In July, the Board of Governors reviewed the draft FY17 budget
and proposed 2018–20 license fees, as recommended by the
Budget & Audit Committee.
The FY17 draft budget, which supports regulatory work, professional service programs, and operations, includes $18.8
million in expenses, $16.9 million in revenue, and planned use
of up to $2 million in reserves. FTE are reduced to the 2008–
09 level (141.9). Proposed license fees are $449 in 2018, $453
in 2019, and $458 in 2020.
The Board will take action on each of these items in September.
Additional background and details can be found at www.wsba.
If you are interested in discussing any of the issues being addressed by the Board of Governors, please join us in Seattle on
Sept. 14, 4–5: 30 p.m. This event will also be webcast. The panel
will feature WSBA leadership and Washington Supreme Court
Chief Justice Barbara Madsen. Check the WSBA website for
of the Association over to the Supreme
Court” and trying to turn the WSBA into
a governmental agency. The case law
and GR 12 are both evidence that the
current relationship already reflects that
model. We are fortunate in Washington
to benefit from such a close working
relationship with our Court, a collaboration that not all states enjoy.
While some express concern that
an integrated bar generates an inherent tension between the roles of serving its members and serving the public, those two roles are not mutually
exclusive, as the integrated bar model
provides a more robust mechanism for
serving our members in furtherance of
our obligation to serve and protect the
public. Ensuring competent and qualified legal professionals is achieved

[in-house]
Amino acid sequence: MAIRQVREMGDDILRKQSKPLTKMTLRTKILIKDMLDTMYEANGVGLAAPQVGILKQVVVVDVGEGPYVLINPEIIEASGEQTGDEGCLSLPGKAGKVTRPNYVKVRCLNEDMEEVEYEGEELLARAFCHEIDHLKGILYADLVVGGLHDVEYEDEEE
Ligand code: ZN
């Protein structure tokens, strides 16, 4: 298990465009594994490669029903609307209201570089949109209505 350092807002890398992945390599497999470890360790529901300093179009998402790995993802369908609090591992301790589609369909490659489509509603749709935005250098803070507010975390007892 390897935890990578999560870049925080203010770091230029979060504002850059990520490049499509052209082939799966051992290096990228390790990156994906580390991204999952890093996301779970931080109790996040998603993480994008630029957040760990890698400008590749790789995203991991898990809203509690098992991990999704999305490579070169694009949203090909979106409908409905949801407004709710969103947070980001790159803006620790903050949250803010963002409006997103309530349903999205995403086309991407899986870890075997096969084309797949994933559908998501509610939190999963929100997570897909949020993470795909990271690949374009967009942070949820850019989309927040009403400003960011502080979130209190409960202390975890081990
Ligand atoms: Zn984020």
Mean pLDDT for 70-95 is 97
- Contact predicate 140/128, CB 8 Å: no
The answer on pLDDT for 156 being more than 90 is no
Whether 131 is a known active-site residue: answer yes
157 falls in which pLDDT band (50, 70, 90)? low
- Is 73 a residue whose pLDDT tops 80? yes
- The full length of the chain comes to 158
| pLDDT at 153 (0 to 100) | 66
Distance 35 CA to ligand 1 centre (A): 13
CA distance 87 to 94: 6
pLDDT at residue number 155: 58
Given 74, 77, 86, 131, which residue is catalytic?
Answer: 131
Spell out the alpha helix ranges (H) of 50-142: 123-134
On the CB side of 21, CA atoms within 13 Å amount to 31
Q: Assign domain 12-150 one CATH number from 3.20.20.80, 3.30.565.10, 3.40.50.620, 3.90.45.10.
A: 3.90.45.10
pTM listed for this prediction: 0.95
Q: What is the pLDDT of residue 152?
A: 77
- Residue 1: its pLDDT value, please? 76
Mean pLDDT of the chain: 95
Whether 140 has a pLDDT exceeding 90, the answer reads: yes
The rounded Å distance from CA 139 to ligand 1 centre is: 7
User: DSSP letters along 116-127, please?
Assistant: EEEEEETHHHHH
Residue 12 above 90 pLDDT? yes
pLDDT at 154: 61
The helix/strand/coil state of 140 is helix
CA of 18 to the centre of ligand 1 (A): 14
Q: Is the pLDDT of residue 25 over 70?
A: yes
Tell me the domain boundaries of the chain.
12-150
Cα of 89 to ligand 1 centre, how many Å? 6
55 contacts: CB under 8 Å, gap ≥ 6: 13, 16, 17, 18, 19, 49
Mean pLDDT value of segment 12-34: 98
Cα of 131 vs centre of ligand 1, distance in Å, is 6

through programming that benefits
and enhances our members’ practices,
which in turn provides the best and
most qualified legal professionals to
serve the public. Foremost, ours is a
profession with special responsibilities to our clients, the public, and the
courts of justice.
The license fee, as set by the Board
of Governors and subject to a “
reasonableness” review by the Supreme Court
per GR 12. 1, provides the funding to
maintain both important member benefits and services, while meeting our
regulatory obligations. The WSBA continually assesses the needs of the profession, the needs of the public, and the
necessary resources to fulfill our obligations consistent with Court authority and our mission and Bylaws. The
license fee reflects the Board’s careful
deliberation and assessment about the
programming needed to meet all of
While an integrated bar is a complex
organizational model, it also provides
a great opportunity for serving our
members and the public — and, perhaps most importantly, the vehicle for
our Bar and the Supreme Court to work
together on advancing a strong legal
profession that meets the needs of the
consuming public. NWL
PAULA LITTLEWOOD is the WSBA
executive director and can be
reached at firstname.lastname@example.org.
The WSBA Board of Governors created the Bylaws Work Group
in August 2015 to incorporate the recommendations of the
Governance Task Force Report that implicate the Bylaws and
determine the necessary Bylaws changes for effective implementation of the report’s actions and ensure any revisions are
consistent and uniform.
To learn more about the work group and to read about the
proposed Bylaws amendments, visit http://www.wsba.org/